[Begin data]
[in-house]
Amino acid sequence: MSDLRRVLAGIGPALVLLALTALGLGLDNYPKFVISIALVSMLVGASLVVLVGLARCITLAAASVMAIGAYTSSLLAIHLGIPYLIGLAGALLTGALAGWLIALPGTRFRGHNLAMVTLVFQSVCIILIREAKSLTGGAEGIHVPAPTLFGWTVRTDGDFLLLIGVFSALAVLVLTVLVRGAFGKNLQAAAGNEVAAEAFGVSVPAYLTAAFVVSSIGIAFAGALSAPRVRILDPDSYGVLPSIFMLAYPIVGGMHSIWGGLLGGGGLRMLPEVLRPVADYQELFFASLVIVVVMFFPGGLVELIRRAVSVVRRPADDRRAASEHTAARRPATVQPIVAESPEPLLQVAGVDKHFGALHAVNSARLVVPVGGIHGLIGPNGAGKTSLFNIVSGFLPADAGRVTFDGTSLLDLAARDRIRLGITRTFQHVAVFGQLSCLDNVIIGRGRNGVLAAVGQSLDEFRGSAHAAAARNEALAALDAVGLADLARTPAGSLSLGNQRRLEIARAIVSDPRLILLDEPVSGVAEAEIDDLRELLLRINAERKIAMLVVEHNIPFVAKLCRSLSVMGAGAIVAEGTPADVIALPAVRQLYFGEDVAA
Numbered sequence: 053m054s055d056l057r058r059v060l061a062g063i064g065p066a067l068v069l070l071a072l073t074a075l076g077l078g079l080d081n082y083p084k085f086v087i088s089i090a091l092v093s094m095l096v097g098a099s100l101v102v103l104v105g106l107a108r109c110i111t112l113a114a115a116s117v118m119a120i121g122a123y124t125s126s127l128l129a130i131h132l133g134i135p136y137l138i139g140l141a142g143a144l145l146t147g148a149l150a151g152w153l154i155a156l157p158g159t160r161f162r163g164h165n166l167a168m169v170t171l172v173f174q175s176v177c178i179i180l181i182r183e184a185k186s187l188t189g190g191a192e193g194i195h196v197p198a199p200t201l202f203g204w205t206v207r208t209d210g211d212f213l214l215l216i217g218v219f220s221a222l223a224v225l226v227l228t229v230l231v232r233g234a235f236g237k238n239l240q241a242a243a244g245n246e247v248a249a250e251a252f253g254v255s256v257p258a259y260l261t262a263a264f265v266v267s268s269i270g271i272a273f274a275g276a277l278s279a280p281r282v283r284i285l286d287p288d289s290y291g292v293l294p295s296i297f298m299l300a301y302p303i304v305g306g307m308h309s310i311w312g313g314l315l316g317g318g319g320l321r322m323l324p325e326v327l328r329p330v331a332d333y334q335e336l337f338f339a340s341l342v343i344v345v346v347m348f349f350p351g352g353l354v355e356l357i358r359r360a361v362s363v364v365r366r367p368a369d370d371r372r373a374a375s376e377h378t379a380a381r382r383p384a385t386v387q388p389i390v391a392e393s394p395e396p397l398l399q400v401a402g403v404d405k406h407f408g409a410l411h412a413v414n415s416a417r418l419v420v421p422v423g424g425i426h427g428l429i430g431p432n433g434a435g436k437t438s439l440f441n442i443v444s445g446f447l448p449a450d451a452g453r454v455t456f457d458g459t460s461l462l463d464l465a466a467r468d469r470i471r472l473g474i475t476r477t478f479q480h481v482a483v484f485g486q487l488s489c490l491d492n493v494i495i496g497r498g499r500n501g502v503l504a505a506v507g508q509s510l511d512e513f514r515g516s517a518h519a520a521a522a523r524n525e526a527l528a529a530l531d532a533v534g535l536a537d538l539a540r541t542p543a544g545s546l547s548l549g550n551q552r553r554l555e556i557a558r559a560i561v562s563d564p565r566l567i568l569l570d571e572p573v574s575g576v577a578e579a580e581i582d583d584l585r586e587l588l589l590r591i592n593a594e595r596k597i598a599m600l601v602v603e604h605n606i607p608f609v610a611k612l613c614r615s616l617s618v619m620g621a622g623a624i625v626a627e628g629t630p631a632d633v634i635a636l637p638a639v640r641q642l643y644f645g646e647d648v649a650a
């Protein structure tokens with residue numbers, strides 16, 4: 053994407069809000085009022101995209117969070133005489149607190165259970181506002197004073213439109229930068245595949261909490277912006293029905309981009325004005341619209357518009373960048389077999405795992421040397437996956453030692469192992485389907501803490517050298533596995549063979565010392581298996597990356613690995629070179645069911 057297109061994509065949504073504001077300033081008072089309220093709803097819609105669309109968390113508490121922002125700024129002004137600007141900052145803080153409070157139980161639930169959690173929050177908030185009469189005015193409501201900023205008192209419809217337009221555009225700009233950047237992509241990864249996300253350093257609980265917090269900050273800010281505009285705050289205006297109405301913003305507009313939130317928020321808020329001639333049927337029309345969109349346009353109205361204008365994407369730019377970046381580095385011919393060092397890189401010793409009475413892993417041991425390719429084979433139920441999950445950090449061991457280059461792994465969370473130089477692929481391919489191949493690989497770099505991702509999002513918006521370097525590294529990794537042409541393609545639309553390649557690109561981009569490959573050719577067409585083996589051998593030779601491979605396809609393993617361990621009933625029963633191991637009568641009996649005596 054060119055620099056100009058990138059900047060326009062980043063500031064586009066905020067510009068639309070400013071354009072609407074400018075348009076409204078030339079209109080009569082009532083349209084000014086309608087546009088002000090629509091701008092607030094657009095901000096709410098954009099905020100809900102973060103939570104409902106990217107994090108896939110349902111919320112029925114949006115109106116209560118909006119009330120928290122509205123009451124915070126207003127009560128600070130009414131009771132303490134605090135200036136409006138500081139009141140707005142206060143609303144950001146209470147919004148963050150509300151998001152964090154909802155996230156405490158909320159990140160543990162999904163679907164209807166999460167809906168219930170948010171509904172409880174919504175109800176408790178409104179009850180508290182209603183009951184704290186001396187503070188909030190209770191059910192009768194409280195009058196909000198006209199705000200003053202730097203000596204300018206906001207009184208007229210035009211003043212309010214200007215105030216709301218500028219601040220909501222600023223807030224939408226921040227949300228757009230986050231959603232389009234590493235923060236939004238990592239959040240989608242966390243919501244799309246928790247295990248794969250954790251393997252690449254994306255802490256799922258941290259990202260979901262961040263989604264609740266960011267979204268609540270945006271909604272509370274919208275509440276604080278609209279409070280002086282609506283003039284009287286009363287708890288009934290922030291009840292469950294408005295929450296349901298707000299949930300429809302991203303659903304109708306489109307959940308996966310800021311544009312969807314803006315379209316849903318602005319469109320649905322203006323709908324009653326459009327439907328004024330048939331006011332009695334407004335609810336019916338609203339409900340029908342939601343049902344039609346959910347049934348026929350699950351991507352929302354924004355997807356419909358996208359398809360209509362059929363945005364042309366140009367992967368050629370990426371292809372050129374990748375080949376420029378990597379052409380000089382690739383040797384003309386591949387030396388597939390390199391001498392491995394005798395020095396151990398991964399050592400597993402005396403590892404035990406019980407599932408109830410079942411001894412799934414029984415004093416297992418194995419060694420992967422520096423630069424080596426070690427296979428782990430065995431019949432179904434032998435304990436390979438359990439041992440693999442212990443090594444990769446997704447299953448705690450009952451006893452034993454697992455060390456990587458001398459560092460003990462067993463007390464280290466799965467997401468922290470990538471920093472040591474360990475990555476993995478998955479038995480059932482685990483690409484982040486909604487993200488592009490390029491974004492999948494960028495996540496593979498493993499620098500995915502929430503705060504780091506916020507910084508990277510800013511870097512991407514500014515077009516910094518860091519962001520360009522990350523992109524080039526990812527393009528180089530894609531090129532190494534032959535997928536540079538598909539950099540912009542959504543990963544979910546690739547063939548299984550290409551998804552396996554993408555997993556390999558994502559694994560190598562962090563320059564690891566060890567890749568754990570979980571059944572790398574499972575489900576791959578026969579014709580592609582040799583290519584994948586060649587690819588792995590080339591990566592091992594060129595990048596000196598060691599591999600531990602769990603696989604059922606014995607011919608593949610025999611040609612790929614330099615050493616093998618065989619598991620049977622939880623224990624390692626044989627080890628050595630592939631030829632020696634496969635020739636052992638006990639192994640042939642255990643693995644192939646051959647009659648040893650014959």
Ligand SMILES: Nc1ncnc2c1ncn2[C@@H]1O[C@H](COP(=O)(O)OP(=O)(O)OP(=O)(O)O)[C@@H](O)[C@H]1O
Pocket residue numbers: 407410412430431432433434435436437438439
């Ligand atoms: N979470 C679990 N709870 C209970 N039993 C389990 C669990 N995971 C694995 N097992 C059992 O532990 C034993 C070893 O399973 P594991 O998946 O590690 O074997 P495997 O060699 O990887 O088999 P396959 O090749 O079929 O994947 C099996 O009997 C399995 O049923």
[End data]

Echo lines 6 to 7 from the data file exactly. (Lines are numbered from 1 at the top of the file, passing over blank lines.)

Pocket residue numbers: 407410412430431432433434435436437438439
């Ligand atoms: N979470 C679990 N709870 C209970 N039993 C389990 C669990 N995971 C694995 N097992 C059992 O532990 C034993 C070893 O399973 P594991 O998946 O590690 O074997 P495997 O060699 O990887 O088999 P396959 O090749 O079929 O994947 C099996 O009997 C399995 O049923």